Bumping along on Mexican Buses
When we decided to see parts of Mexico by bus, we were concerned whether RC would be welcome in the cabin with us. We received mixed advice from Mexicans so we stopped at the bus terminal to inquire. The official policy of most first class bus companies is that you can only transport animals in the cargo hold. But, one should never be too discouraged by the official policy when traveling in Latin America. :) Averiguar cobertores regina para ti
Our first bus trip was on Mexico's East Coast and we elected to take a 2nd class bus. Mark asked the ticket agent about bringing RC into the cabin and the agent's initial response was to say, "No". Fortunately, her supervisor was standing nearby and encouraged her to call the proper channels and check. As it turned out, the Mayan bus company said we'd have no problems carrying our little guy in the cabin.
The only real difference we saw between 1st and 2nd class was whether there was a movie and snack. Second class also makes more stops, but that only increased the time by 30 minutes. Initially, RC found the frequent stops stressful. On a plane, he settles down quickly and after take off snoozes through the flight. On the bus, he'd just start to nod off when we'd stop to let someone on or off. The only people who knew RC was traveling with us were the passengers immediately in front of us. I usually kept RC in his traveling case on my lap. There isn't enough room to fit his case under the seat.
We decided that bus travel worked for all of us and have covered Mexico from one side of the country to the other with RC in tow. Unfortunately, 2nd class bus companies aren't always available. One time we arrived in a town and were told that there were no 2nd class buses to our destination. There was no airport nearby nor any car rental agencies.
I explained our predicament to the gentleman manning the information counter. In typical Mexican fashion, he tried to find a solution. After consulting with his bosses, he told me that if we had a Mexican Ministry of Health Certificate that RC could travel in the cabin of the ADO bus. I whipped out all of RC's certificates, including the requested Mexican document, and we were promptly sold 2 tickets.
Some where along our bus trips, we stopped asking permission and assumed if we were discreet and kept all official documents handy, everything would work out. Mark managed buying the tickets, checking our luggage, and handing the tickets to the driver while RC and I stayed in the background. As Mark handed over our 2 tickets, I'd slip on with RC in his carrier (that looks like a suitcase), window coverings in place. We're convinced the bus driver never knew and it was rare that anyone else on the bus realized that we had a cat with us. (Continue)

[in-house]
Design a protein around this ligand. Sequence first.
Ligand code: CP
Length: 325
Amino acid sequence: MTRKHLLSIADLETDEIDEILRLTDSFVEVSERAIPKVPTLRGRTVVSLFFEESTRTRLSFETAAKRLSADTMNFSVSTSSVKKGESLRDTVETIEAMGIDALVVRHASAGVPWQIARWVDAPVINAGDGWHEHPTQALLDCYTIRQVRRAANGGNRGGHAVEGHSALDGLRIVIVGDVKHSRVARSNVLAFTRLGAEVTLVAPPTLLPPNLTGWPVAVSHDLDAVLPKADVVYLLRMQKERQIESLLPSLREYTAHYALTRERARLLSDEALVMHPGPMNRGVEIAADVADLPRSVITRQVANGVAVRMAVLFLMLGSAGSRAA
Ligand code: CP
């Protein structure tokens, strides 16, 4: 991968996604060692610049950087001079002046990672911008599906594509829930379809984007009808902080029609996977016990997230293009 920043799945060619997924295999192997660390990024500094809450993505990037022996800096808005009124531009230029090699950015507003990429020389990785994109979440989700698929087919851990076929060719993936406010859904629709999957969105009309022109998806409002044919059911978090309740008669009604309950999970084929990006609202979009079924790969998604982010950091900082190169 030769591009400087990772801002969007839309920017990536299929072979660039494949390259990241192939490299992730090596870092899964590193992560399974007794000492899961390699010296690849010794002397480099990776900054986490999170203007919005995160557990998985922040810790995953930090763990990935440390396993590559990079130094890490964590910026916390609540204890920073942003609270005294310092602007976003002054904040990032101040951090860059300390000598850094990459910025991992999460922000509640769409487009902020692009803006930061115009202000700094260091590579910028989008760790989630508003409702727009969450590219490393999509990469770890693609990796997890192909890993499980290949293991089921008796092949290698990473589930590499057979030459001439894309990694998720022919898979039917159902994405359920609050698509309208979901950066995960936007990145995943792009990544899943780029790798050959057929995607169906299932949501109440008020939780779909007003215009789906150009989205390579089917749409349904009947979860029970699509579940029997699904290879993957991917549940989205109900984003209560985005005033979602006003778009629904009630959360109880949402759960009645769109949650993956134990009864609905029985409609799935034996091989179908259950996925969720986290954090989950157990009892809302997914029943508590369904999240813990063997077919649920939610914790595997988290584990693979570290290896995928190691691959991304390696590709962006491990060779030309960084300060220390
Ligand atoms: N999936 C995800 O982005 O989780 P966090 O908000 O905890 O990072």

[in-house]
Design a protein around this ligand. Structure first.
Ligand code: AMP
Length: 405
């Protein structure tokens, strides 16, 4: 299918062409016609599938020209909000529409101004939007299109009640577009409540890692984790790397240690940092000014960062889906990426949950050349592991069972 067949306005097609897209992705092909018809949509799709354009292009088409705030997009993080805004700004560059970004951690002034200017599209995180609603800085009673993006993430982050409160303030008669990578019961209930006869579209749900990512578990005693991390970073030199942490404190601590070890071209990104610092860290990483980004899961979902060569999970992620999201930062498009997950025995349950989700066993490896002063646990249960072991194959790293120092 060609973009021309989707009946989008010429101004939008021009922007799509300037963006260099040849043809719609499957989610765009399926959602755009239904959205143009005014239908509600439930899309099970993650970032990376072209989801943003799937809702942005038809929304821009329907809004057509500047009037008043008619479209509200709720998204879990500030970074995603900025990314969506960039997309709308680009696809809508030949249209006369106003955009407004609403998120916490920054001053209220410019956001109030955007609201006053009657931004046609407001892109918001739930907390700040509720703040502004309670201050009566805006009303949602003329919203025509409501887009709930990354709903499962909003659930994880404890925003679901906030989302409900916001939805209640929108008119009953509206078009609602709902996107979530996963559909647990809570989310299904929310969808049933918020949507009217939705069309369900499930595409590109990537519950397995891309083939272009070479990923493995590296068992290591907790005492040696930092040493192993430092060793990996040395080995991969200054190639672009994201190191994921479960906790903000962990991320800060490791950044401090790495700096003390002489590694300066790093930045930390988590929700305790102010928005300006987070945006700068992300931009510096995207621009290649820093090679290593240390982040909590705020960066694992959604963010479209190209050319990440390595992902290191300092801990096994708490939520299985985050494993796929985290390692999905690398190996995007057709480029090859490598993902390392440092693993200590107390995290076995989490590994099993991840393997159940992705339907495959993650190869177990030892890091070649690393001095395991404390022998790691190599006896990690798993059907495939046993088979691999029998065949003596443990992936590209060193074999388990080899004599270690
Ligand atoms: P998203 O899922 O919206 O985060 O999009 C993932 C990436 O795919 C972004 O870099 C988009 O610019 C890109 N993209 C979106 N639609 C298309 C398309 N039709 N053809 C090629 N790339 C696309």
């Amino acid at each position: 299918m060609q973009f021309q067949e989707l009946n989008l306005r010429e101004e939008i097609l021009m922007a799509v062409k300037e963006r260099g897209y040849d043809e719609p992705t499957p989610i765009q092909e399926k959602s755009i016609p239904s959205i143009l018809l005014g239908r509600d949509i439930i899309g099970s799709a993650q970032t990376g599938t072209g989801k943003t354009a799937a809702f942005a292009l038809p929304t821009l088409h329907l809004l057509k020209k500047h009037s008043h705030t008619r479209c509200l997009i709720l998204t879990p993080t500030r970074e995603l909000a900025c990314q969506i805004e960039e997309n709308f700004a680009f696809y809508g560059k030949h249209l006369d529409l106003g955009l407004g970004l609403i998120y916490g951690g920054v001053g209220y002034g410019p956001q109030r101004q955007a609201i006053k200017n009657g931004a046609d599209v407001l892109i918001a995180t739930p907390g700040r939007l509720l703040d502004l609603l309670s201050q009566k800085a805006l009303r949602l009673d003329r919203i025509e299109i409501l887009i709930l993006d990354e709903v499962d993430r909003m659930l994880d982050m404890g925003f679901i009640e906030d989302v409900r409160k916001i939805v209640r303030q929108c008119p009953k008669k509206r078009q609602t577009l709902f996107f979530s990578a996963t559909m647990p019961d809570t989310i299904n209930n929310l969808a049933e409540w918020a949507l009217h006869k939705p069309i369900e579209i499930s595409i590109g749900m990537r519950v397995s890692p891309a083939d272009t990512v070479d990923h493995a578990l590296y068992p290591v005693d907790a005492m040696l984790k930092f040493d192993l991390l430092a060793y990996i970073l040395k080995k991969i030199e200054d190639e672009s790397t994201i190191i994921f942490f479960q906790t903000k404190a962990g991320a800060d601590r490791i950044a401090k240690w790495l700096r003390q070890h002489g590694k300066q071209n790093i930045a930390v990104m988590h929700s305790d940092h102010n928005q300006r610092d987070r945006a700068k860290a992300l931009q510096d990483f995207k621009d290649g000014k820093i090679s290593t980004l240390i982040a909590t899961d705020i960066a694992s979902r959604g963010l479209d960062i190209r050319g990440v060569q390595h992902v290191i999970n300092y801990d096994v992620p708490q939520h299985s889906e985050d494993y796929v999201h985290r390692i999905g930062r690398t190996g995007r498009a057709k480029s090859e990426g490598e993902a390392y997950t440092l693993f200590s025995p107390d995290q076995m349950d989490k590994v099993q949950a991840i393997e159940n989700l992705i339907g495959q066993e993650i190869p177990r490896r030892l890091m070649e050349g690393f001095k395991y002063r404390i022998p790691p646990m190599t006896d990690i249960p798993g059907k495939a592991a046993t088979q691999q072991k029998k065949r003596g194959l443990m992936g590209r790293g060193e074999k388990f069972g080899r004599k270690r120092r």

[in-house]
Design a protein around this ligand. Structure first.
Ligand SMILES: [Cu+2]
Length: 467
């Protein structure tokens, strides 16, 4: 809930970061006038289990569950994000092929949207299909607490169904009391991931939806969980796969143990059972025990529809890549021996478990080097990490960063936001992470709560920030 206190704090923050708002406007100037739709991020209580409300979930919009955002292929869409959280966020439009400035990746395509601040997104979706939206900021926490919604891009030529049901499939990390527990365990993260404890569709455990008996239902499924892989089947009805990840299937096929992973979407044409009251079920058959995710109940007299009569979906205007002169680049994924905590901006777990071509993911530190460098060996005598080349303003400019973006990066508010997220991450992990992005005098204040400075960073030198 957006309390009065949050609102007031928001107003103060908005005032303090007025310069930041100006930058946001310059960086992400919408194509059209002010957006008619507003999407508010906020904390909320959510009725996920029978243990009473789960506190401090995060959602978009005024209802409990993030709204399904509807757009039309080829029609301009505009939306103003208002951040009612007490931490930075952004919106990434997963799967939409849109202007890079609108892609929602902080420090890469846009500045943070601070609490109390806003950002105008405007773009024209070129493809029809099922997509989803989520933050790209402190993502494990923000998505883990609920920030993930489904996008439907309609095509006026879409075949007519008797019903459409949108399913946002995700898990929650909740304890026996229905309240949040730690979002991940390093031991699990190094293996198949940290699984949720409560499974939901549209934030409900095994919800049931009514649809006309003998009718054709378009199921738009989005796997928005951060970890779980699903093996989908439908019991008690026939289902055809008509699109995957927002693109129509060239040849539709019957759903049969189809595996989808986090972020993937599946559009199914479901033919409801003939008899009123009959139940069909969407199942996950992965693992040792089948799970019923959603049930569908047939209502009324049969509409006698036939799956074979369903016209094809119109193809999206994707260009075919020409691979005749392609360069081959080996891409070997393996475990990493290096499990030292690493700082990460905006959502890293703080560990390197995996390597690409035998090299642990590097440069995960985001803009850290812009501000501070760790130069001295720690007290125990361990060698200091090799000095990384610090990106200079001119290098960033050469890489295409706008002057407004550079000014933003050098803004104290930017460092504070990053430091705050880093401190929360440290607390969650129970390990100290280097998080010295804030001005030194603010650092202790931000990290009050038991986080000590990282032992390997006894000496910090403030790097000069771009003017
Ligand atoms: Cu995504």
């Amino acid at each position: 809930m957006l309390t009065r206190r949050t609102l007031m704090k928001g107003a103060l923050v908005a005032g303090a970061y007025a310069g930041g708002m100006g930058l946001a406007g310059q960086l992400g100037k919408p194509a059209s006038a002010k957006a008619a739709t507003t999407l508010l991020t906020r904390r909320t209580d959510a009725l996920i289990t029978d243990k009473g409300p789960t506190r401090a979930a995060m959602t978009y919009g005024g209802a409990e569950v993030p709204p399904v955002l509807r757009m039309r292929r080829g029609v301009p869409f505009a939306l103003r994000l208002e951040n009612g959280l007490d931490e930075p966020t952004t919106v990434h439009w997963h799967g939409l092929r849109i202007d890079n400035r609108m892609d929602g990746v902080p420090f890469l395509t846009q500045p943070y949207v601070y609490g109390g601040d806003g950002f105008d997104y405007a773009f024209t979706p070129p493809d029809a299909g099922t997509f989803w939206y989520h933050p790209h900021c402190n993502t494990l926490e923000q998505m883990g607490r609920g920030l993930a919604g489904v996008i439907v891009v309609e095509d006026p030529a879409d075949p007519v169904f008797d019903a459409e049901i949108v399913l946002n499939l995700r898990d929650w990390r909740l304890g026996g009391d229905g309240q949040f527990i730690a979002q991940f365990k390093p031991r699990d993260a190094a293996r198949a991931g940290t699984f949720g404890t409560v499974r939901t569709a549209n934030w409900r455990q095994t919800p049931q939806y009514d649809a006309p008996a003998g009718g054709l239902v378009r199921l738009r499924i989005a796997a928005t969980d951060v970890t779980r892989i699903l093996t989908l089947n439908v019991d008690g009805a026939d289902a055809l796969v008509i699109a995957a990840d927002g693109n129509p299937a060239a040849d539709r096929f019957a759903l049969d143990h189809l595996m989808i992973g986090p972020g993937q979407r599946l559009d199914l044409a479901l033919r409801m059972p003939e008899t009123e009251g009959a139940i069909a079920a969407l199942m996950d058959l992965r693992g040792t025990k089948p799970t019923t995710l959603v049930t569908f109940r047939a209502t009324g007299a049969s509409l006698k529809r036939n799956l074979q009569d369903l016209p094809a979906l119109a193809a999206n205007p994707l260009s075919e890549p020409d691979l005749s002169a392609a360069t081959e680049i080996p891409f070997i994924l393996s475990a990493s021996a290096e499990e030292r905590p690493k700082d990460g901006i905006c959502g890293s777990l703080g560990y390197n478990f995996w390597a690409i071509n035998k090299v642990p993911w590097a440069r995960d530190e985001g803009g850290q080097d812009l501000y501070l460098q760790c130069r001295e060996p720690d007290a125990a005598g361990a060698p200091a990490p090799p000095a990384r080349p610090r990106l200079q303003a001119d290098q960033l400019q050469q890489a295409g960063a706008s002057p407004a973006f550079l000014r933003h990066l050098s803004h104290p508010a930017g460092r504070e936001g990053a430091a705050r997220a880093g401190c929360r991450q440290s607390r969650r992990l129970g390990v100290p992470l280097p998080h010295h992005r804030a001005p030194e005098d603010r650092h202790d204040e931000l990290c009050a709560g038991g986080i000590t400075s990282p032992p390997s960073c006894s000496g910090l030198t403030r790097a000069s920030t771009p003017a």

Taking RC aboard discretely works great when there are 2 adults traveling, but on a couple of occasions Mark and RC took bus trips in Mexico by themselves. Their experience was totally different than when we traveled together. First, it's almost impossible to keep RC quiet when Mark had to manage his other luggage and RC's case by himself. When Mark would inquire about the policy for carrying a cat aboard, he was usually requested to pay the driver a little extra. In one case, Mark simply bought a ticket for RC so he could ride in the cabin.
The drivers seemed to think it odd that an adult male would be traveling with a cat. In this macho society, it was perfectly acceptable for me to say, "RC's my baby", but Mark could never have gotten away with this. There seemed to be a suspicion that Mark was smuggling something, either inside the cat or the cat itself. No one cared about the mythical smuggling; they just wanted a $5-10 payment to look the other way. Mark would refuse to pay unless he thought there was some danger that they'd try to open up RC to see what was inside, or they refused transportation without the bribe.
Fortunately, we almost always travel together and I usually carry RC's traveling case. Warmhearted Mexicans have a hard time turning down an adorable kitty when a woman is looking at it like it's her long lost child.
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